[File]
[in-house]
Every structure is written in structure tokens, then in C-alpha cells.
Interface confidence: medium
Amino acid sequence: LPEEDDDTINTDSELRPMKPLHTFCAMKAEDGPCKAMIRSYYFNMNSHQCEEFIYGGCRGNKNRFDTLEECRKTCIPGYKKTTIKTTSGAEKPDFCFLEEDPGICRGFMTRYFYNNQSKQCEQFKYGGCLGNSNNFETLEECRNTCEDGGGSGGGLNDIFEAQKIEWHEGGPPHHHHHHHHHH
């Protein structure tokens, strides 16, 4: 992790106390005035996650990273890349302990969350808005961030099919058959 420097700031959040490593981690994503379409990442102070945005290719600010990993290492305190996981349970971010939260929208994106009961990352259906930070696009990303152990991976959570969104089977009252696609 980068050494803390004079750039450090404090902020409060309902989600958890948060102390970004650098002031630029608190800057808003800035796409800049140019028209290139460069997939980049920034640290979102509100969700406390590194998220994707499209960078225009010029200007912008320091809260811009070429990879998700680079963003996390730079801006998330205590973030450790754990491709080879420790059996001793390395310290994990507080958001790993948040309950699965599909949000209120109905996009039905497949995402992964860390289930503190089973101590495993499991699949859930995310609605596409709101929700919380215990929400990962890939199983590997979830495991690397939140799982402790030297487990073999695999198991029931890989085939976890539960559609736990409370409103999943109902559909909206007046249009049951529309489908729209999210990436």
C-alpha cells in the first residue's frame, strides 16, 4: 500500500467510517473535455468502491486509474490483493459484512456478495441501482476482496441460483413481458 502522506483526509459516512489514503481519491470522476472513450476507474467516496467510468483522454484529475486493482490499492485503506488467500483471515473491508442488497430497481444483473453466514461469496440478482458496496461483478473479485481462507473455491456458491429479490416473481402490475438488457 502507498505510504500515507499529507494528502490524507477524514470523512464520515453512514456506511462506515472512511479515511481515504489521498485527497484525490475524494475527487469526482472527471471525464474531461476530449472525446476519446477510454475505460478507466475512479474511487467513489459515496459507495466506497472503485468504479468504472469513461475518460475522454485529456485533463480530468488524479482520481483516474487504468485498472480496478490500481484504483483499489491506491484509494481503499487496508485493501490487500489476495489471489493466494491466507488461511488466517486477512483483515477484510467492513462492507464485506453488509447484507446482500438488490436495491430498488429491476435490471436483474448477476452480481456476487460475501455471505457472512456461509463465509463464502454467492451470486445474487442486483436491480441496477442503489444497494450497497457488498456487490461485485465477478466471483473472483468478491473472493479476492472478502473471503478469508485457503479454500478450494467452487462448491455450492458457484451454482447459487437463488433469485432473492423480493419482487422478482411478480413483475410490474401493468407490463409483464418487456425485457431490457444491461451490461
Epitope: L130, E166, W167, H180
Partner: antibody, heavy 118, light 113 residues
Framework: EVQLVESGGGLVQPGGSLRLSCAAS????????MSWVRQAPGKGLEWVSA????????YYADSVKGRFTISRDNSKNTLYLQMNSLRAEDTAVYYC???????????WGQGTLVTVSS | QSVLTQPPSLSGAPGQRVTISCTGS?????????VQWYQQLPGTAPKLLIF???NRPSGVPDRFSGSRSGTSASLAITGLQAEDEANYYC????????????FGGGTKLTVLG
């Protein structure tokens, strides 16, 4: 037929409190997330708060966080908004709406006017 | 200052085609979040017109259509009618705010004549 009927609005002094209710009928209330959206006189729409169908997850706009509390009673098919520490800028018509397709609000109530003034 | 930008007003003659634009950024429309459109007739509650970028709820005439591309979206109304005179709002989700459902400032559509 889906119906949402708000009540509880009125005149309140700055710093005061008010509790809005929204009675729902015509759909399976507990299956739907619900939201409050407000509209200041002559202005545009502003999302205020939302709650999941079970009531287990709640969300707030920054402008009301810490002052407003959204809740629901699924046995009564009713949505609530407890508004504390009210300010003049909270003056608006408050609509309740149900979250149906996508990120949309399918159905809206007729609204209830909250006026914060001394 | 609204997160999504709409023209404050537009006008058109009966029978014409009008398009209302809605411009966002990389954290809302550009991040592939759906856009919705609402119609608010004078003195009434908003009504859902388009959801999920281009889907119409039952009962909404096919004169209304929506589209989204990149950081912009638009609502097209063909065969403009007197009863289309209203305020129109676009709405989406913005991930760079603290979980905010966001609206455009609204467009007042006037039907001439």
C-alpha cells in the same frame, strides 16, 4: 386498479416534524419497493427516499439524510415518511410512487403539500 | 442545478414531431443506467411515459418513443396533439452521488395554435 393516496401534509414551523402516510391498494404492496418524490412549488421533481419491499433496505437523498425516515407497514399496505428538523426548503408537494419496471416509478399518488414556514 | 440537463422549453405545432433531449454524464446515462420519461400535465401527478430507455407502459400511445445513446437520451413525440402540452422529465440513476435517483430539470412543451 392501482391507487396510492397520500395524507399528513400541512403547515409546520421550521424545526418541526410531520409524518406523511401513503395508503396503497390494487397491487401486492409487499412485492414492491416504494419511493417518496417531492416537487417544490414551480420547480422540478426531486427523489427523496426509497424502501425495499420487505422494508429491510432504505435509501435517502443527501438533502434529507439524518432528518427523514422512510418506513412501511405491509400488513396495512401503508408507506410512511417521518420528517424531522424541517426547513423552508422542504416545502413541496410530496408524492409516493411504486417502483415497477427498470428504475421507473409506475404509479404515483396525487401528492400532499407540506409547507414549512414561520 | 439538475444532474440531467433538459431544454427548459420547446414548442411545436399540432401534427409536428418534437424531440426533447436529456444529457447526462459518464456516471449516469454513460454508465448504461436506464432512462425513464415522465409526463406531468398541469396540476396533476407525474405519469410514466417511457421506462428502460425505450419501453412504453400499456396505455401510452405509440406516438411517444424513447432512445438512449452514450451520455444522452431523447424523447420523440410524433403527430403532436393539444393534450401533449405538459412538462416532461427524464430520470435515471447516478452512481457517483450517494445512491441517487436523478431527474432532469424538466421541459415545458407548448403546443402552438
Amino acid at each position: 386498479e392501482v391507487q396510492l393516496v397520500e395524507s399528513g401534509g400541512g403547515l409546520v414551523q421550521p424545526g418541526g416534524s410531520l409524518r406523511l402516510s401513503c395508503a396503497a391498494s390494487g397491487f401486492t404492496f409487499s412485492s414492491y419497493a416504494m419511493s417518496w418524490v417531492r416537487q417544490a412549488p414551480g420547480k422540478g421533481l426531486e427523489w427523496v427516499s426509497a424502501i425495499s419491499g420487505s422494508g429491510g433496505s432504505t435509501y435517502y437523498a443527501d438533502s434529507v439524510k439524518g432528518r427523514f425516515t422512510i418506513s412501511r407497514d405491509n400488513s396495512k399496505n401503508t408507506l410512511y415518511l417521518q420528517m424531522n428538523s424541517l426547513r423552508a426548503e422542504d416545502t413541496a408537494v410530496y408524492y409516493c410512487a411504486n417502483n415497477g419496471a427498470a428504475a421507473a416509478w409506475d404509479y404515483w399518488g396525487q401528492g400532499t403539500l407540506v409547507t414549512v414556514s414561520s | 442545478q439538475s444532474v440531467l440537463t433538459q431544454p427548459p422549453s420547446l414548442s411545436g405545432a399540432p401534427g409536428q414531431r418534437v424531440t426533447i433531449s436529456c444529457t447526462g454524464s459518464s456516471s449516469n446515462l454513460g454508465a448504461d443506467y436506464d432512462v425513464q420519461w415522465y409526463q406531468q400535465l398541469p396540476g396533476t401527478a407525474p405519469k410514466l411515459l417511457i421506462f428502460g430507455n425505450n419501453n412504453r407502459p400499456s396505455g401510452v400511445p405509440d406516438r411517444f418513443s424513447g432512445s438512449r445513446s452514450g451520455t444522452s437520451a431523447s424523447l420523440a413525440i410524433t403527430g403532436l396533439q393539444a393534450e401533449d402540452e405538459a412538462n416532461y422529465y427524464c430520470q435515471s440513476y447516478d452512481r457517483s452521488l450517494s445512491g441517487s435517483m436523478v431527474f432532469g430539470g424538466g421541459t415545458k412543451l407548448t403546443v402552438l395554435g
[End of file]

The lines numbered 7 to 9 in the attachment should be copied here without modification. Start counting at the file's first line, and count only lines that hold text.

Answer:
Epitope: L130, E166, W167, H180
Partner: antibody, heavy 118, light 113 residues
Framework: EVQLVESGGGLVQPGGSLRLSCAAS????????MSWVRQAPGKGLEWVSA????????YYADSVKGRFTISRDNSKNTLYLQMNSLRAEDTAVYYC???????????WGQGTLVTVSS | QSVLTQPPSLSGAPGQRVTISCTGS?????????VQWYQQLPGTAPKLLIF???NRPSGVPDRFSGSRSGTSASLAITGLQAEDEANYYC????????????FGGGTKLTVLG